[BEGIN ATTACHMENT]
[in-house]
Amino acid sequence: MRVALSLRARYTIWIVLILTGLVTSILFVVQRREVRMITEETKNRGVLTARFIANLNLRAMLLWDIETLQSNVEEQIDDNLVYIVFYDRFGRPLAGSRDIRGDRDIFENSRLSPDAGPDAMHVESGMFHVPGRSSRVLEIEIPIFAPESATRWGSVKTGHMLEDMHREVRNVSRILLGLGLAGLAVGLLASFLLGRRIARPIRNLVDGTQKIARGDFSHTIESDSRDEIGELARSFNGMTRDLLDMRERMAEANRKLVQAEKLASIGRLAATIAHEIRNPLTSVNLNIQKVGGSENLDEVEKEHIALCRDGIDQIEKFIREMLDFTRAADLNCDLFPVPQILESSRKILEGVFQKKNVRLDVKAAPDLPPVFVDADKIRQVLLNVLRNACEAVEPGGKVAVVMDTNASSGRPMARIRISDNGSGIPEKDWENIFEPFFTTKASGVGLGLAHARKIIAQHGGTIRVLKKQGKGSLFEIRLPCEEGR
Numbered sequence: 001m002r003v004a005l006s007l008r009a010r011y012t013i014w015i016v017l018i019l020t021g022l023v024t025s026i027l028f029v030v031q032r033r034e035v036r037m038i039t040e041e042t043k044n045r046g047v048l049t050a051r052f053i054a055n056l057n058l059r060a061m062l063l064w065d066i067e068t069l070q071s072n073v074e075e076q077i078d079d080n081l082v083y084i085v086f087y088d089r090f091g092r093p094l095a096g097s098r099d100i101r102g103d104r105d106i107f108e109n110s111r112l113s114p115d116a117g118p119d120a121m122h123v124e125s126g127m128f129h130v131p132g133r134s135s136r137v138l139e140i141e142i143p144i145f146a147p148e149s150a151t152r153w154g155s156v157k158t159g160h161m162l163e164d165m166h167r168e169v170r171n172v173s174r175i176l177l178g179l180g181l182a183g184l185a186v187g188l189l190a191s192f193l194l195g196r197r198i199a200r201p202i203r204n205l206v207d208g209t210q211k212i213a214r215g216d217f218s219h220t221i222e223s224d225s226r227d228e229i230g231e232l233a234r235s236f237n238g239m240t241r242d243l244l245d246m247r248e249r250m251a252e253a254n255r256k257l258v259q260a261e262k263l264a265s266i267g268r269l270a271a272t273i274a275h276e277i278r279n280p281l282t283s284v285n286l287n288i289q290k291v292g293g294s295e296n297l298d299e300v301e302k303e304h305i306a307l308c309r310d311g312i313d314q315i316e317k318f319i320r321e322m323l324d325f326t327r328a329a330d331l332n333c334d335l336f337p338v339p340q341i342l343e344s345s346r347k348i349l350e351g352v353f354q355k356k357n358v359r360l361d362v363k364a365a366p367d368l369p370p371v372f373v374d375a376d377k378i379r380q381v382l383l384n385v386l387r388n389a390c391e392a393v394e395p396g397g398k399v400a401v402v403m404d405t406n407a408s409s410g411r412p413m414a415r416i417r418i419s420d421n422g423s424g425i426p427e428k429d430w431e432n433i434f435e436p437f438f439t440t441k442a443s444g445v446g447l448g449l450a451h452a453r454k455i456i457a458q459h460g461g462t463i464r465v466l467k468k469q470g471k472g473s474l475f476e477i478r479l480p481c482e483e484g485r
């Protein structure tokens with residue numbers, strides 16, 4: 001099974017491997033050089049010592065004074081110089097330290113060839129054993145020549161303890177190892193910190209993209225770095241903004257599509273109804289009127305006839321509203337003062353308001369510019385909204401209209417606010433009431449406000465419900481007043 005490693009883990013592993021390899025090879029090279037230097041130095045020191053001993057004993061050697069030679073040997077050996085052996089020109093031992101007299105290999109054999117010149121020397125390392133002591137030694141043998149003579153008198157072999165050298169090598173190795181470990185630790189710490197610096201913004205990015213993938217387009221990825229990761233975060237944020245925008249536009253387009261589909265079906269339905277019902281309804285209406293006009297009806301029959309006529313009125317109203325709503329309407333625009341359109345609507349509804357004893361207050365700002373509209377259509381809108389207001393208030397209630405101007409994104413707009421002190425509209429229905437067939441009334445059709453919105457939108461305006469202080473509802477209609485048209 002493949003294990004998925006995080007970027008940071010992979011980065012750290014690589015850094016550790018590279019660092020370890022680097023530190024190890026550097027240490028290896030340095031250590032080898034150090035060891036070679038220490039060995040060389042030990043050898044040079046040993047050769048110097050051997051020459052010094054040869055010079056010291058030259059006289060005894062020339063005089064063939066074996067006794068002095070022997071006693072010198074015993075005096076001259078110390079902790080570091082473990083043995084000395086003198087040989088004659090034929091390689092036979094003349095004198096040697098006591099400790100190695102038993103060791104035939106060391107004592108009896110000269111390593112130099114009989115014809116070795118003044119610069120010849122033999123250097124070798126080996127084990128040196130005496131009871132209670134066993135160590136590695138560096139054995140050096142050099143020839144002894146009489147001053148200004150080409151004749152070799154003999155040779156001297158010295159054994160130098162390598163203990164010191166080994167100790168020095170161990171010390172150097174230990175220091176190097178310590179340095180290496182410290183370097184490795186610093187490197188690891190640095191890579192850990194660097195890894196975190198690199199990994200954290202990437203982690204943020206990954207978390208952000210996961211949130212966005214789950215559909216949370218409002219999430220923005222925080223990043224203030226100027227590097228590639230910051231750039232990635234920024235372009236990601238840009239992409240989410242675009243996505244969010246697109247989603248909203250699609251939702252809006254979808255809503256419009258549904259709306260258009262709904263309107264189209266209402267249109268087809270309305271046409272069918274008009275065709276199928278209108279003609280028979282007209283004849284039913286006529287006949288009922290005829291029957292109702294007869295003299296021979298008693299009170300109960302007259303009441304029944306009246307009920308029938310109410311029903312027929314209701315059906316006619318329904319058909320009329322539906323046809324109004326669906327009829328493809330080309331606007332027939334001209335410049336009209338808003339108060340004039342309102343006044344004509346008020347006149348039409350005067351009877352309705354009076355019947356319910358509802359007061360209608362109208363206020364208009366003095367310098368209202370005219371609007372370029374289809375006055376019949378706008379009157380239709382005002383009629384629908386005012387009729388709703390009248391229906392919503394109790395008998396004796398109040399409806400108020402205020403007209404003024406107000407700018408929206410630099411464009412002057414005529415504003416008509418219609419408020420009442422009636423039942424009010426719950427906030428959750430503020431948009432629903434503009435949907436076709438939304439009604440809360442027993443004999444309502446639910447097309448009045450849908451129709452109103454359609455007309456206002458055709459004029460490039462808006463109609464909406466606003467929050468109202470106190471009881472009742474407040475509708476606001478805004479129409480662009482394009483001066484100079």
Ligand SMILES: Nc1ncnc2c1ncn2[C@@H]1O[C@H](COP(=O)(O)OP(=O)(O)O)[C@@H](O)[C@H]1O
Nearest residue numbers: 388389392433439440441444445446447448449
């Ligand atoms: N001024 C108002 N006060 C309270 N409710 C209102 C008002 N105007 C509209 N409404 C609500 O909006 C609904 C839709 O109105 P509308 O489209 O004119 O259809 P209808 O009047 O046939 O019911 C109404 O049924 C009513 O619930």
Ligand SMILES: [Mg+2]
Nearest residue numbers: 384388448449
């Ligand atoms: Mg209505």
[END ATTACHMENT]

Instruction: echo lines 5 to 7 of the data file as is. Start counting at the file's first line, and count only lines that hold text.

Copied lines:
Ligand SMILES: Nc1ncnc2c1ncn2[C@@H]1O[C@H](COP(=O)(O)OP(=O)(O)O)[C@@H](O)[C@H]1O
Nearest residue numbers: 388389392433439440441444445446447448449
């Ligand atoms: N001024 C108002 N006060 C309270 N409710 C209102 C008002 N105007 C509209 N409404 C609500 O909006 C609904 C839709 O109105 P509308 O489209 O004119 O259809 P209808 O009047 O046939 O019911 C109404 O049924 C009513 O619930």